_{2})

*is nonempty. Define a mapping S*:

*C*→

*C by*

*where a is a constant in* (0, 1). *Then S is nonexpansive with F*(*S*) = *F*(*S*_{1}) ∩ *F* (*S*_{2}).

**Lemma 1.3** [35]. *Let C be a nonempty closed and convex subset of a real Hilbert space H and S* : *C* → *C a nonexpansive mapping. Then I* - *S is demi-closed at zero*.

*where*{γ

_{ n }}

*is a sequence in*(0, 1)

*and*{

*δ*

_{ n }}

*is a sequence such that*

- (a)
- (b)
lim sup

_{n→∞}*δ*_{ n }/*γ*_{ n }≤ 0*or*Open image in new window .

*Then* lim_{n→∞}*α*_{ n } = 0.

## 2. Main results

**Theorem 2.1**.

*Let C be a nonempty closed and convex subset of a real Hilbert space H. Let A*

_{ m }:

*C*→

*H be a relaxed*(

*η*

_{ m },

*ρ*

_{ m })

*-cocoercive and μ*

_{ m }

*-Lipschitz continuous mapping and B*

_{ m }:

*C*→

*H a relaxed*Open image in new window

*-cocoercive and*Open image in new window

*-Lipschitz continuous mapping for each*1 ≤

*m*≤

*r. Assume that*Open image in new window .

*Let*{

*x*

_{ n }}

*be a sequence generated in the following manner:*

*where u*∈

*C is a fixed point*, {

*α*

_{ n }}, {

*β*

_{ n }}, {

*γ*

_{ n }}, {

*δ*

_{(1,n)}}, ...,

*and*{

*δ*

_{(r,n)}}

*are sequences in*(0, 1)

*satisfying the following restrictions:*

- (a)
- (b)
0

*<*lim inf_{n→∞}*β*_{ n }≤ lim sup_{n→∞}*β*_{ n }*<*1; - (c)
lim

_{n→∞}*α*_{ n }= 0*and*Open image in new window ; - (d)
lim

_{n→∞}*δ*_{(m,n)}=*δ*_{ m }∈ (0, 1), ∀1 ≤*m*≤*r*,

*Then the sequence*{

*x*

_{ n }}

*generated in the iterative process*(ϒ)

*converges strongly to a common element*Open image in new window ,

*which uniquely solves the following variational inequality*.

**Proof**. First, we prove that the mapping

*P*

_{ C }(

*τ*

_{ m }

*B*

_{ m }-

*λ*

_{ m }

*A*

_{ m }) is nonexpansive for each 1 ≤

*m*≤

*r*. For each

*x*,

*y*∈

*C*, we have

*A*

_{ m }is relaxed (

*η*

_{ m },

*ρ*

_{ m })-cocoercive and

*μ*

_{ m }-Lipschitz continuous that

*P*

_{ C }(

*τ*

_{ m }

*B*

_{ m }-

*λ*

_{ m }

*A*

_{ m }) is nonexpansive for each 1 ≤

*m*≤

*r*. Put

*P*

_{ C }(

*τ*

_{ m }

*B*

_{ m }-

*λ*

_{ m }

*A*

_{ m }) is nonexpansive for each 1 ≤

*m*≤

*r*, we see that

*M*is an appropriate constant such that

_{n→∞}||

*l*

_{ n }-

*x*

_{ n }|| = 0. In view of (2.5), we see that

*x*

_{ n }+1

*x*

_{ n }= (1 -

*β*

_{ n })(

*l*

_{ n }-

*x*

_{ n }). It follows that

*x*

_{ n }+1 -

*x*

_{ n }=

*α*

_{ n }(

*u*-

*x*

_{ n }) + γ

_{ n }(

*y*

_{ n }-

*x*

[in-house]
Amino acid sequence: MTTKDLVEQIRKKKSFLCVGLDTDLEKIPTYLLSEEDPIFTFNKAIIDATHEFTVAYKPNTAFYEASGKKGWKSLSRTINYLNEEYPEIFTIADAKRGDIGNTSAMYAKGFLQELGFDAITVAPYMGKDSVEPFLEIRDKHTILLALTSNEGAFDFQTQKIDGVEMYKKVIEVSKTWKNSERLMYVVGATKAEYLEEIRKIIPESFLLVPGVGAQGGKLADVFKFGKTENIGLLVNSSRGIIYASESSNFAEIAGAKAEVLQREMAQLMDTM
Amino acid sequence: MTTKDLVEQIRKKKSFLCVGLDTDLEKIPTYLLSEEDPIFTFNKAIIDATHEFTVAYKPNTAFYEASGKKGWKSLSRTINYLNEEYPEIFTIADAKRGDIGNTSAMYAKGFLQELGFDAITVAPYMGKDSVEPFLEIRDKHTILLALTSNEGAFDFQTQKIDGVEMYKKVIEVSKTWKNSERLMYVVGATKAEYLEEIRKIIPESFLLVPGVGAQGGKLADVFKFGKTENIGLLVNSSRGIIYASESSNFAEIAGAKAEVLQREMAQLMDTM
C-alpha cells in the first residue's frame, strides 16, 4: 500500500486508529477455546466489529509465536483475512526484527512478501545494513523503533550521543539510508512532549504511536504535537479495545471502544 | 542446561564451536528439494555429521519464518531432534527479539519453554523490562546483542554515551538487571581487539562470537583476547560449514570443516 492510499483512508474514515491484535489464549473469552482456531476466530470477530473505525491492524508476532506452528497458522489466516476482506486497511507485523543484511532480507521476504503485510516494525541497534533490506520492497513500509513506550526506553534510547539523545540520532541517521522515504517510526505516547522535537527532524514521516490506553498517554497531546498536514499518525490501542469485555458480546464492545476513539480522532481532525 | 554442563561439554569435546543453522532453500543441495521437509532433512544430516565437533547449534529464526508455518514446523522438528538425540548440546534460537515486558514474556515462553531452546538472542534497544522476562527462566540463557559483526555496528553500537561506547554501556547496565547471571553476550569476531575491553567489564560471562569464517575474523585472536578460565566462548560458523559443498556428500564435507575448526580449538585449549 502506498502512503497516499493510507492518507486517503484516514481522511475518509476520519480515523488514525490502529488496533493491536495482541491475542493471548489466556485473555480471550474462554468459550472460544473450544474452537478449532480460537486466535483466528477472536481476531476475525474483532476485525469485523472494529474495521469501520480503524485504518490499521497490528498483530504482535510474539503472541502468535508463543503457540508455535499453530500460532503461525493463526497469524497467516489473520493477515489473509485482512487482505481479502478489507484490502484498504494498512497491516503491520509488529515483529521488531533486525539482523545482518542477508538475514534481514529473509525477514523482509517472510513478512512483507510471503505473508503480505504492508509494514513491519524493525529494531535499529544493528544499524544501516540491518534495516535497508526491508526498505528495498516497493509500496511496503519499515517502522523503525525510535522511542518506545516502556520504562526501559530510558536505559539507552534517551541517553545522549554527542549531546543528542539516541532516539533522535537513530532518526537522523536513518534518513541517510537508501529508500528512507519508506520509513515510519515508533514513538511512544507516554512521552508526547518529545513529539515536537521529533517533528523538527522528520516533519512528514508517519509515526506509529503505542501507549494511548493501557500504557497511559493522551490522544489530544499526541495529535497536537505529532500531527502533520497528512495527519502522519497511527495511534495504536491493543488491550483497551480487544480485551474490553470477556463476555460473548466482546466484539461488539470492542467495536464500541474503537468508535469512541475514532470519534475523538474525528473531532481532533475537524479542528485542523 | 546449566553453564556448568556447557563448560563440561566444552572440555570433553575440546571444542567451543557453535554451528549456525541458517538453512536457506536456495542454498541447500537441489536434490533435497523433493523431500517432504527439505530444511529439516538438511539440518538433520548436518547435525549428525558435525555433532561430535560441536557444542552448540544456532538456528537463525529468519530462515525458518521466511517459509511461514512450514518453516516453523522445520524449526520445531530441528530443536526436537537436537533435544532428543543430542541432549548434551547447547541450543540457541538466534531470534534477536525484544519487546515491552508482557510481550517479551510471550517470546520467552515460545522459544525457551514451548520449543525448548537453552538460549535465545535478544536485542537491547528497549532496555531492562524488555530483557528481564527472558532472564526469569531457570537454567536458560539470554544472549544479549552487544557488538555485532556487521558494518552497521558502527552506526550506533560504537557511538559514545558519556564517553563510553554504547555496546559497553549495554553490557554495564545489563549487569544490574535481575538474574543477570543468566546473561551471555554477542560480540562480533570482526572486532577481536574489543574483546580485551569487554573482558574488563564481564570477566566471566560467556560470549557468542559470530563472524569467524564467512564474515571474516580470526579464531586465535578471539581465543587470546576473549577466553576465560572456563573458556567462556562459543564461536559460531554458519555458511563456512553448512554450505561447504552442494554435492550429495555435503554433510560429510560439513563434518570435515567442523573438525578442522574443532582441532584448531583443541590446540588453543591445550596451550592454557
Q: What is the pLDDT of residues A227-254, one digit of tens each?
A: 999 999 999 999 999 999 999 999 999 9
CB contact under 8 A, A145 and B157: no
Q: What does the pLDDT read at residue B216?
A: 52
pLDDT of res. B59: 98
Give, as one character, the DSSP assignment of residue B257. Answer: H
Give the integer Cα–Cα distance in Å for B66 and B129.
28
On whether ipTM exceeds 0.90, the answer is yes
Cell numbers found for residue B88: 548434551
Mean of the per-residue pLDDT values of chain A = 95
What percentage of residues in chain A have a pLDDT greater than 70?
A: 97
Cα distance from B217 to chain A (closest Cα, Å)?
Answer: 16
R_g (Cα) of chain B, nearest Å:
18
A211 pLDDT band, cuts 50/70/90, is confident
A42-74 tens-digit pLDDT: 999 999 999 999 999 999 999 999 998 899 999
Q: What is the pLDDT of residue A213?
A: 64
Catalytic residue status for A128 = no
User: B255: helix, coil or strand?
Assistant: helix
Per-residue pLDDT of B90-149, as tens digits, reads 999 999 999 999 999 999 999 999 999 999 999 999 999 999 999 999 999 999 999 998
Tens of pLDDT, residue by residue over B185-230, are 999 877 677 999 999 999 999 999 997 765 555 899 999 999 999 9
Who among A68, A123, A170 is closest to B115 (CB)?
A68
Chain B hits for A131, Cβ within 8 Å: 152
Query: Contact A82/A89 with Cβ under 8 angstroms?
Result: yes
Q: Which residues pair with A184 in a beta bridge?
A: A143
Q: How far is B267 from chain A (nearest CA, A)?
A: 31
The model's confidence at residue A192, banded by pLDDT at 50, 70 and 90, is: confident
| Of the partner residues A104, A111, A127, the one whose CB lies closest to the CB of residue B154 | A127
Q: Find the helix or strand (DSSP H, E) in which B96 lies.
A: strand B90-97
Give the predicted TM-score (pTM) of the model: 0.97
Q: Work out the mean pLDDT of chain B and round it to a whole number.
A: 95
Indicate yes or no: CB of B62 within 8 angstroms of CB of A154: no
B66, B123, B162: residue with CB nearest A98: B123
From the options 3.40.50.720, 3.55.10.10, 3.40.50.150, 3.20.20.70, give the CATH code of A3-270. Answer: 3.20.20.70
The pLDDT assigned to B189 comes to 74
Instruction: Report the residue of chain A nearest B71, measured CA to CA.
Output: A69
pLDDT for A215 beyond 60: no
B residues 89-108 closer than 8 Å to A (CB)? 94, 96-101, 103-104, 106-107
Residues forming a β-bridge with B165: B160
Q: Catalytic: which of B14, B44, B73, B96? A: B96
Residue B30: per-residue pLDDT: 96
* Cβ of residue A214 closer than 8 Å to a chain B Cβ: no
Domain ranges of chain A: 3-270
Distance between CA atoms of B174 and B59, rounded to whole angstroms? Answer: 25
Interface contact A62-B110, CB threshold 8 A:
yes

_{ n }). It follows from (2.6) and the conditions (b), (c) that

*x*

_{ n }} such that

*q*. Without loss of generality, we may assume that Open image in new window . Next, we show that Open image in new window . Define a mapping

*R*:

*C*→

*C*by

*δ*

_{ m }= lim

_{n→∞}

*δ*

_{(m,n)}. From Lemma 1.2, we see that

*R*is nonexpansive with

_{n→∞}||

*Rx*

_{ n }-

*x*

_{ n }|| = 0. From Lemma 1.3, we see that

This completes the proof.

If *B*_{ m } ≡ *I*, the identity mapping and *τ*_{ m } ≡ 1, then Theorem 2.1 is reduced to the following result on the classical variational inequality (1.4).

**Corollary 2.2**.

*Let C be a nonempty closed and convex subset of a real Hilbert space H. Let A*

_{ m }:

*C*→

*H be a relaxed*(

*η*

_{ m },

*ρ*

_{ m })

*-cocoercive and μ*

_{ m }

*-Lipschitz continuous mapping for each*1 ≤

*m*≤

*r. Assume that*Open image in new window .

*Let*{

*x*

_{ n }}

*be a sequence generated by the following manner*:

*where u*∈

*C is a fixed point*, {

*α*

_{ n }}, {

*β*

_{ n }}, {

*γ*

_{ n }}, {

*δ*

_{(1,n)}}, ...,

*and*{

*δ*

_{(r,n)}}

*are sequences in*(0, 1)

*satisfying the following restrictions*.

- (a)
- (b)
0

*<*lim inf_{n→∞}*β*_{ n }≤ lim sup_{n→∞}*β*_{ n }< 1; - (c)
lim

_{n→∞}*α*_{ n }= 0*and*Open image in new window ; - (d)
lim

_{n→∞}*δ*_{(m,n)}=*δ*_{ m }∈ (0, 1), ∀1 ≤*m*≤*r*,*and*Open image in new window*is a positive sequence such that* - (e)
Open image in new window , ∀1 ≤

*m*≤*r*.

*Then the sequence*{

*x*

_{ n }}

*converges strongly to a common element*Open image in new window ,

*which uniquely solves the following variational inequality*

If *r* = 1, then Theorem 2.1 is reduced to the following.

**Corollary 2.3**.

*Let C be a nonempty closed and convex subset of a real Hilbert space H. Let A*:

*C*→

*H be a relaxed*(

*η*,

*ρ*)

*-cocoercive and μ-Lipschitz continuous mapping and B*:

*C*→

*H a relaxed*Open image in new window

*-cocoercive and*Open image in new window

*-Lipschitz continuous mapping. Assume that GV I*(

*C*,

*B*,

*A*)

*is not empty. Let*{

*x*

_{ n }}

*be a sequence generated in the following manner*:

*where u*∈

*C is a fixed point*, {

*α*

_{ n }}, {

*β*

_{ n }}

*and*{

*γ*

_{ n }}

*are sequences in*(0, 1)

*satisfying the following restrictions*.

- (a)
*α*_{ n }+*β*_{ n }+ γ_{ n }= 1, ∀_{ n }≥ 1; - (b)
0

*<*lim inf_{n→∞}*β*_{ n }≤ lim sup_{n→∞}*β*_{ n }*<*1; - (c)
lim

_{n→∞}*α*_{ n }= 0*and*Open image in new window - (d)

*Then the sequence*{

*x*

_{ n }}

*converges strongly to a common element*Open image in new window ,

*which uniquely solves the following variational inequality*

For the variational inequality (1.4), we can obtain from Corollary 2.3 the following immediately.

**Corollary 2.4**.

*Let C be a nonempty closed and convex subset of a real Hilbert space H. Let A*:

*C*→

*H be a relaxed*(

*η*,

*ρ*)

*-cocoercive and μ-Lipschitz continuous mapping. Assume that V I*(

*C*,

*A*)

*is not empty. Let*{

*x*

_{ n }}

*be a sequence generated in the following manner*:

*where u*∈

*C is a fixed point*, {

*α*

_{ n }}, {

*β*

_{ n }}

*and*{

*γ*

_{ n }}

*are sequences in*(0, 1)

*satisfying the following restrictions*.

- (a)
*α*_{ n }+*β*_{ n }+ γ_{ n }= 1, ∀*n*≥ 1; - (b)
0

*<*lim inf_{n→∞}*β*_{ n }≤ lim sup_{n→∞}*β*_{ n }< 1; - (c)
lim

_{n→∞}*α*_{ n }= 0*and*Open image in new window ; - (d)

*Then the sequence*{

*x*

_{ n }}

*converges strongly to a common element*Open image in new window ,

*which uniquely solves the following variational inequality*

**Remark 2.5**. In this paper, the generalized variational inequality (1.2), which includes the classical variational inequality (1.4) as a special case, is considered based on iterative methods. Strong convergence theorems are established under mild restrictions imposed on the parameters. It is of interest to extend the main results presented in this paper to the framework of Banach spaces.

## Notes

### Acknowledgements

This work was supported by the National Natural Science Foundation of China under Grant no. 70871081 and Important Science and Technology Research Project of Henan province, China (102102210022).